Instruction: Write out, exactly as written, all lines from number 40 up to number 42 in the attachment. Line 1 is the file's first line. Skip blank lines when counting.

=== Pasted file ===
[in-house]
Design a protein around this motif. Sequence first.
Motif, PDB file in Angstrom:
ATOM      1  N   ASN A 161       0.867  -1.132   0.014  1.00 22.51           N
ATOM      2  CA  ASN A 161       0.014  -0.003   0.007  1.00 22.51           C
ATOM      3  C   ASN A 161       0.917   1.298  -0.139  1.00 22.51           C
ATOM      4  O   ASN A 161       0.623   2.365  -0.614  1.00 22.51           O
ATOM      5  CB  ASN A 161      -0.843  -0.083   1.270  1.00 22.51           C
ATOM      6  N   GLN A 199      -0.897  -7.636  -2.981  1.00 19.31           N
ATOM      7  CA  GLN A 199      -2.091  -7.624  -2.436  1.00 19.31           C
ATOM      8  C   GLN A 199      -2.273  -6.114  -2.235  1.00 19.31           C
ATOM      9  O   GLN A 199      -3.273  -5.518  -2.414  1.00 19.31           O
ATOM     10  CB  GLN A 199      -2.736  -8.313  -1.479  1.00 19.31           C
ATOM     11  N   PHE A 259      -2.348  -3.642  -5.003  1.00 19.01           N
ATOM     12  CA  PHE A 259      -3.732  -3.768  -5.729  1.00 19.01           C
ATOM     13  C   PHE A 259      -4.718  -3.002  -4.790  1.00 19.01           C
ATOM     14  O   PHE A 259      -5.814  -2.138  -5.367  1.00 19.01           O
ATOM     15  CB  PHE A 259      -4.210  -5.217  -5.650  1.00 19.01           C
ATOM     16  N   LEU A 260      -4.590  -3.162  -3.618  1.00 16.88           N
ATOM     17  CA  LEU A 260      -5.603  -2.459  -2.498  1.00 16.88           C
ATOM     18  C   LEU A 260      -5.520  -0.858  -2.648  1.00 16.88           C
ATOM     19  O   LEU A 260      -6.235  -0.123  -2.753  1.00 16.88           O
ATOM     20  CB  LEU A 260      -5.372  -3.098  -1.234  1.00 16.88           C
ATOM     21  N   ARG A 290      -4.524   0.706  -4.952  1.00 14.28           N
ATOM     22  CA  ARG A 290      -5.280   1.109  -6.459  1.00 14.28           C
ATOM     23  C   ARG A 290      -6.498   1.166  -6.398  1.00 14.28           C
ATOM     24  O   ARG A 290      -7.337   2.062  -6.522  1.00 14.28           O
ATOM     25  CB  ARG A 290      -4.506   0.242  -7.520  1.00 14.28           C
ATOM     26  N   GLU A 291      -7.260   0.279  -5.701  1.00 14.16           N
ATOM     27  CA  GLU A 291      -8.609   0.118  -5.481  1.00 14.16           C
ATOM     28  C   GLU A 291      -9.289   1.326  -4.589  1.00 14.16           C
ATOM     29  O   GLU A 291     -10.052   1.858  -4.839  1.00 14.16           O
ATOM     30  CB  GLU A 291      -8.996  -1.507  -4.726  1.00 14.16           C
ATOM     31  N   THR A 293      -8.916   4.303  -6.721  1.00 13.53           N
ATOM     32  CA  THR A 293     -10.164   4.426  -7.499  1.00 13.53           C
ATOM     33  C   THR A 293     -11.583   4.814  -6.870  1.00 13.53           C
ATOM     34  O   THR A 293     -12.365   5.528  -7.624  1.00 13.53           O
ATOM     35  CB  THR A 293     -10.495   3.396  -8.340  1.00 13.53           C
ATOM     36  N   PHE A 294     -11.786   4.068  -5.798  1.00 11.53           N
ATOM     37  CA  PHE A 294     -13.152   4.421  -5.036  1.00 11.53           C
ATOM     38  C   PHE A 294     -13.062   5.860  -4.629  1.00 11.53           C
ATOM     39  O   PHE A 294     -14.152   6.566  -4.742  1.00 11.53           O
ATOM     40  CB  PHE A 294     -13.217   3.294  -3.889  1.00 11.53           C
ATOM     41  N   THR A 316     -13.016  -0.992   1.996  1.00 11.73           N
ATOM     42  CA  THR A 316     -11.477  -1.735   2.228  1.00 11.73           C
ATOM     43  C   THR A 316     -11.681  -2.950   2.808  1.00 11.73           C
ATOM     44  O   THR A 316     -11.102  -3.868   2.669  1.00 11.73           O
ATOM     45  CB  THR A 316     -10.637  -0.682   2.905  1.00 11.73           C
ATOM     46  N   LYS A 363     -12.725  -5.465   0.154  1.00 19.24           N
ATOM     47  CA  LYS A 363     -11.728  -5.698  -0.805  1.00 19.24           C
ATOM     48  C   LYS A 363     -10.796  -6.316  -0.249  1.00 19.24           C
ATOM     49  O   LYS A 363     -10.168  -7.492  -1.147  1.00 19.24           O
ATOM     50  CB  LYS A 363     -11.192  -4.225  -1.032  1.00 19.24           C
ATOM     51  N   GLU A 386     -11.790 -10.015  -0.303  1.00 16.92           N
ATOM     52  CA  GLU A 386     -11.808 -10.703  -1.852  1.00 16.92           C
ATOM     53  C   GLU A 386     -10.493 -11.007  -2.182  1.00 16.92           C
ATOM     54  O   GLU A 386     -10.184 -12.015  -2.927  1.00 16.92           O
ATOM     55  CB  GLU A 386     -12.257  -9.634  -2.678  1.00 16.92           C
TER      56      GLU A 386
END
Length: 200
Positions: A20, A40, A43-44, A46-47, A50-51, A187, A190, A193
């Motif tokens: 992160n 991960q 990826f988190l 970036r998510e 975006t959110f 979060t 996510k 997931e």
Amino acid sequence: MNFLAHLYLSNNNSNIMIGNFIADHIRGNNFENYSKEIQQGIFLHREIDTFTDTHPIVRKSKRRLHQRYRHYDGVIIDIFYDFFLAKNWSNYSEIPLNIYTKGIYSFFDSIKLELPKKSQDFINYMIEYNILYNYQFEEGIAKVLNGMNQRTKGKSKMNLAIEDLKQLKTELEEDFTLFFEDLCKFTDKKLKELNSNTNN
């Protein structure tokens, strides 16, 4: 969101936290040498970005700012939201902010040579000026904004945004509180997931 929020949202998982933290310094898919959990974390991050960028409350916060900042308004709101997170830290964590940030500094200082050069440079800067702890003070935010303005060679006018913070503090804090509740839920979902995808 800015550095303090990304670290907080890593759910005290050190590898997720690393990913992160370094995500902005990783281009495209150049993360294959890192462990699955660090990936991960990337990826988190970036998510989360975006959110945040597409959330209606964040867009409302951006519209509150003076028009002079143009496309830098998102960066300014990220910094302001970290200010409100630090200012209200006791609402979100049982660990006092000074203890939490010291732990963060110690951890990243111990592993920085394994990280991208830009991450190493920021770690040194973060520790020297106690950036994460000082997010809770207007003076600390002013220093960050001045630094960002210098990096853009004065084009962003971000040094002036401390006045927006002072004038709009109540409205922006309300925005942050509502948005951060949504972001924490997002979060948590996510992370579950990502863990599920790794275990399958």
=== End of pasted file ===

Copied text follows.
ATOM     37  CA  PHE A 294     -13.152   4.421  -5.036  1.00 11.53           C
ATOM     38  C   PHE A 294     -13.062   5.860  -4.629  1.00 11.53           C
ATOM     39  O   PHE A 294     -14.152   6.566  -4.742  1.00 11.53           O